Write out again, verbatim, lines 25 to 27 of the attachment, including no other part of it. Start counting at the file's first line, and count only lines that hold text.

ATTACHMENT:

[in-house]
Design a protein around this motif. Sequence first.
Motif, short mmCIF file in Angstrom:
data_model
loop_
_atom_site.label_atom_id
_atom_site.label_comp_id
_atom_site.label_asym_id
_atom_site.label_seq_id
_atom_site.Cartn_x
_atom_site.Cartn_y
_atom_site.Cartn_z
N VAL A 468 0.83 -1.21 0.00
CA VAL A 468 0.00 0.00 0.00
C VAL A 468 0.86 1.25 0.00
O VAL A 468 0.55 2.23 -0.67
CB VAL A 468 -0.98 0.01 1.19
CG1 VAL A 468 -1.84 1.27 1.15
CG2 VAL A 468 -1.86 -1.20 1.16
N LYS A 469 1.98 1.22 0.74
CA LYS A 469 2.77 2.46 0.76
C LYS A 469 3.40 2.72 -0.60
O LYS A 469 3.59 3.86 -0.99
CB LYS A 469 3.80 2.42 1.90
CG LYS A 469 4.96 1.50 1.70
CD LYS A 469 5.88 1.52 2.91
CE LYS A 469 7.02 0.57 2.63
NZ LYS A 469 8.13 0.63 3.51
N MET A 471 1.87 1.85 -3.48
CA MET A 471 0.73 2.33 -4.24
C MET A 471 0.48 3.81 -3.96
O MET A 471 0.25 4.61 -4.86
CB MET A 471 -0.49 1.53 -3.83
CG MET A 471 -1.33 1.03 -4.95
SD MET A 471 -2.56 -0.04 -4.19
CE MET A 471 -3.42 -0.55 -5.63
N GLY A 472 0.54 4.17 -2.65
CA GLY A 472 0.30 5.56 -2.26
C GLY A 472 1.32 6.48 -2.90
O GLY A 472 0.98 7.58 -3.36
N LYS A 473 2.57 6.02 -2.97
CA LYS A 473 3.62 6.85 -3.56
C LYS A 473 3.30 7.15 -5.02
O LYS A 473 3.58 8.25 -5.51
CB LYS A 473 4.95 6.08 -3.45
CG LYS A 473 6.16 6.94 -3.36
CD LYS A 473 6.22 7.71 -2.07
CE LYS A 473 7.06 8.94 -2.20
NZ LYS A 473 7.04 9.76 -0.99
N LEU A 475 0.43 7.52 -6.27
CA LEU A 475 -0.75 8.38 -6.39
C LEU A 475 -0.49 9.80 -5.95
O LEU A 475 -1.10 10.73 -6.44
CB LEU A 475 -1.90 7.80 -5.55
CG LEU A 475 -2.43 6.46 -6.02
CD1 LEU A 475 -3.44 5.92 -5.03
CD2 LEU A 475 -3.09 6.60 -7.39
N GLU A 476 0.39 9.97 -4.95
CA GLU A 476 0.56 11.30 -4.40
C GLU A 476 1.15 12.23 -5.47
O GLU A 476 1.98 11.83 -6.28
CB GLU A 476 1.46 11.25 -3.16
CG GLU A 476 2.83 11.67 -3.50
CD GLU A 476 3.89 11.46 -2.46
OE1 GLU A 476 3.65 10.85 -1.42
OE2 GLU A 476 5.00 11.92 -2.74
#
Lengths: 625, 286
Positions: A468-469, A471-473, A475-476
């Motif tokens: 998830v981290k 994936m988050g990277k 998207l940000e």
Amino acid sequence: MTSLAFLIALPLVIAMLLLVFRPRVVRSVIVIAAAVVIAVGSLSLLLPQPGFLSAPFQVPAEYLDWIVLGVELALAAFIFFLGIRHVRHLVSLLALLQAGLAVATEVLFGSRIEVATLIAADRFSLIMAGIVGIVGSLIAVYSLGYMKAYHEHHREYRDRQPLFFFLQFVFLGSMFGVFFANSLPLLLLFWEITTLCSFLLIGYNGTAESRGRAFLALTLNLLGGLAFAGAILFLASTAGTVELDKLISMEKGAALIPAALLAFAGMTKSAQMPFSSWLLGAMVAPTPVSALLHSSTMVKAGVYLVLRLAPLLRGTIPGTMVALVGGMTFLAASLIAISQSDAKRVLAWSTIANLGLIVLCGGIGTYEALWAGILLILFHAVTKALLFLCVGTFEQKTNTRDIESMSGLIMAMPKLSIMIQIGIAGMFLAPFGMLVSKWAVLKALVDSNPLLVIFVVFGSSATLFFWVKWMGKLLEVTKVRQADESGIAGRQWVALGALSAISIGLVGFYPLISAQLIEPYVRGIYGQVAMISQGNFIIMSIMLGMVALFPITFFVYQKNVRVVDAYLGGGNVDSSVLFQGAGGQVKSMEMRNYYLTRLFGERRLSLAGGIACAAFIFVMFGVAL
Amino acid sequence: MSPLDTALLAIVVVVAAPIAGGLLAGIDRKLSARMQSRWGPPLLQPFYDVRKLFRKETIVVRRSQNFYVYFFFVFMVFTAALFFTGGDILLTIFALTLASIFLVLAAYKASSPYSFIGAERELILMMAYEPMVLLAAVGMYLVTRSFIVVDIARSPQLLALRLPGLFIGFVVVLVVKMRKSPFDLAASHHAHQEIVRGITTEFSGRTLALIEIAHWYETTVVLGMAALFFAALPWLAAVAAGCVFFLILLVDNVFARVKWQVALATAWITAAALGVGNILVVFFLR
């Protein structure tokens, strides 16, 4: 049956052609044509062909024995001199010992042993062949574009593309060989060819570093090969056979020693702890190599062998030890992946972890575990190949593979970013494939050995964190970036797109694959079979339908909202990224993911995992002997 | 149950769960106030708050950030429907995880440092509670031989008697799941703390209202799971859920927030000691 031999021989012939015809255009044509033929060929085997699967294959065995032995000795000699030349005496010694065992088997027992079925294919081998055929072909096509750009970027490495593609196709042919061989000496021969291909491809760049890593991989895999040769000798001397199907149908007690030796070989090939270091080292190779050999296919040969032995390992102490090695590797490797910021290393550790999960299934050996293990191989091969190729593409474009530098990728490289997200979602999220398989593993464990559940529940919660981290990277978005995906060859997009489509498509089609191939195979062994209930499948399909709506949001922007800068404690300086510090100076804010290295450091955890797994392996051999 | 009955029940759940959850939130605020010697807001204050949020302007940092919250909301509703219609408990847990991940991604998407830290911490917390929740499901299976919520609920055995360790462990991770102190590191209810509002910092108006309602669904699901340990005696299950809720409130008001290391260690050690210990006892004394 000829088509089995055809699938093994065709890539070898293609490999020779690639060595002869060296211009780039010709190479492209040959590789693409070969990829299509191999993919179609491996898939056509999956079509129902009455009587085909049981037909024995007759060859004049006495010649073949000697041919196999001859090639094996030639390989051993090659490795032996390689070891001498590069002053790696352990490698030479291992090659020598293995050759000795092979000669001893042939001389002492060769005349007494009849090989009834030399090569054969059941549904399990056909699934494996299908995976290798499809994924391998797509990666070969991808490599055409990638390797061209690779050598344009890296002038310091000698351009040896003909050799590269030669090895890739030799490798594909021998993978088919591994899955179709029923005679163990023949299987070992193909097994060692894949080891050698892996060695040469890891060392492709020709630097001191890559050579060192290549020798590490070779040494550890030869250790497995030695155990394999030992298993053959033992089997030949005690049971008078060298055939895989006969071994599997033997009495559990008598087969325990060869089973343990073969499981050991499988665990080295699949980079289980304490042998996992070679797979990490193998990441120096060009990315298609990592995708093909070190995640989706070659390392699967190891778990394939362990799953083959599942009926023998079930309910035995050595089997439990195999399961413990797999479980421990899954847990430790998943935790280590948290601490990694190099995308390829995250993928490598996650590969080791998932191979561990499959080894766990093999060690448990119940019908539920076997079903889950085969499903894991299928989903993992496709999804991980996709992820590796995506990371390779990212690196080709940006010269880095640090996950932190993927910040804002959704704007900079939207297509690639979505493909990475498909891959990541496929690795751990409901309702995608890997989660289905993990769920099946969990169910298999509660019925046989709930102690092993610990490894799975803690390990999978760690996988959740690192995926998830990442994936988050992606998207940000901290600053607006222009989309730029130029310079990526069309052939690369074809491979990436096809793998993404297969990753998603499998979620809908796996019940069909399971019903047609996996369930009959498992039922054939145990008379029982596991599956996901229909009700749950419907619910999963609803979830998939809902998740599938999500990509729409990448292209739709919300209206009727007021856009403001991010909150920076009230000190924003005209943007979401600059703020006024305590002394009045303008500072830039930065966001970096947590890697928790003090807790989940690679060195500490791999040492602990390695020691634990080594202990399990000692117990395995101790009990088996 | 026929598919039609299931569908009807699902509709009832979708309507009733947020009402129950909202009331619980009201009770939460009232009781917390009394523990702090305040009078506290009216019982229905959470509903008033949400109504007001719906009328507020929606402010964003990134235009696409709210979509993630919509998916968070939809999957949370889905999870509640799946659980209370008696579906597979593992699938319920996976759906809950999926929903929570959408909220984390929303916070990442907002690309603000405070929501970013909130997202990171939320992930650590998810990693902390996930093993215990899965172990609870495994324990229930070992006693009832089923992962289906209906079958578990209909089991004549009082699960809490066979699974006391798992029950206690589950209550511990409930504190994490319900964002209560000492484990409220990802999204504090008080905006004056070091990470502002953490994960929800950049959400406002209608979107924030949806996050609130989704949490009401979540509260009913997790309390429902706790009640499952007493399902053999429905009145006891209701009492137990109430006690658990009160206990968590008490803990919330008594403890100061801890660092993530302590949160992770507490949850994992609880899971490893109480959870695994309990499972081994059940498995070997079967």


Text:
CG LYS A 469 4.96 1.50 1.70
CD LYS A 469 5.88 1.52 2.91
CE LYS A 469 7.02 0.57 2.63